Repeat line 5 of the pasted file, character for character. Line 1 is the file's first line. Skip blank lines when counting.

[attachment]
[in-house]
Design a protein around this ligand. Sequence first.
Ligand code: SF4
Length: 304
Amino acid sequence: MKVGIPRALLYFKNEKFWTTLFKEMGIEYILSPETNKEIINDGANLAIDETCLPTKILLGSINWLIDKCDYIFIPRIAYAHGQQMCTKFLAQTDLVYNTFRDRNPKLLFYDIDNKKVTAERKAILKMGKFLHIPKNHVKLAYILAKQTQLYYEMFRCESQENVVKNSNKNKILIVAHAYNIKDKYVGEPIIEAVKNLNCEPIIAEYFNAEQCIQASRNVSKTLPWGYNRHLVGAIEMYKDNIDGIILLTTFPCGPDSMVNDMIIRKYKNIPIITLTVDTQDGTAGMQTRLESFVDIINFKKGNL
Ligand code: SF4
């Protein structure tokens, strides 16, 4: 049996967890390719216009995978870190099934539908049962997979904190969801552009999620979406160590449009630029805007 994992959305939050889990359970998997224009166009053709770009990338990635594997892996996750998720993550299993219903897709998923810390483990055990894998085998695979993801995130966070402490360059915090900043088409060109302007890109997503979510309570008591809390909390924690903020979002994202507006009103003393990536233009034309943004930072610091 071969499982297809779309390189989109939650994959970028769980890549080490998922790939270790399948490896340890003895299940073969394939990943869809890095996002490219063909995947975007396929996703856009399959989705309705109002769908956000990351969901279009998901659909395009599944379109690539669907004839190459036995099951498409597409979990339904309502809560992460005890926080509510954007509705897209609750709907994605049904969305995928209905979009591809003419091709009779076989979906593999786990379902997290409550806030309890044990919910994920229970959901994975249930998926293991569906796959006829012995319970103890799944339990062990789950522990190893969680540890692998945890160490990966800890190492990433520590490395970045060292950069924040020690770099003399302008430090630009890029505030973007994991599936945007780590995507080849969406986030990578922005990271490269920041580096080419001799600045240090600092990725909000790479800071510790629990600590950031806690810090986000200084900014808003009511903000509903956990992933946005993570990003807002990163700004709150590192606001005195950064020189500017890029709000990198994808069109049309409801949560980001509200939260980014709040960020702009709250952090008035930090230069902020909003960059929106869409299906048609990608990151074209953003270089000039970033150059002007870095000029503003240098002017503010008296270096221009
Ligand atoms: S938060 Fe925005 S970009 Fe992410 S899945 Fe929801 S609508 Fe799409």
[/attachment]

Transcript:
Amino acid sequence: MKVGIPRALLYFKNEKFWTTLFKEMGIEYILSPETNKEIINDGANLAIDETCLPTKILLGSINWLIDKCDYIFIPRIAYAHGQQMCTKFLAQTDLVYNTFRDRNPKLLFYDIDNKKVTAERKAILKMGKFLHIPKNHVKLAYILAKQTQLYYEMFRCESQENVVKNSNKNKILIVAHAYNIKDKYVGEPIIEAVKNLNCEPIIAEYFNAEQCIQASRNVSKTLPWGYNRHLVGAIEMYKDNIDGIILLTTFPCGPDSMVNDMIIRKYKNIPIITLTVDTQDGTAGMQTRLESFVDIINFKKGNL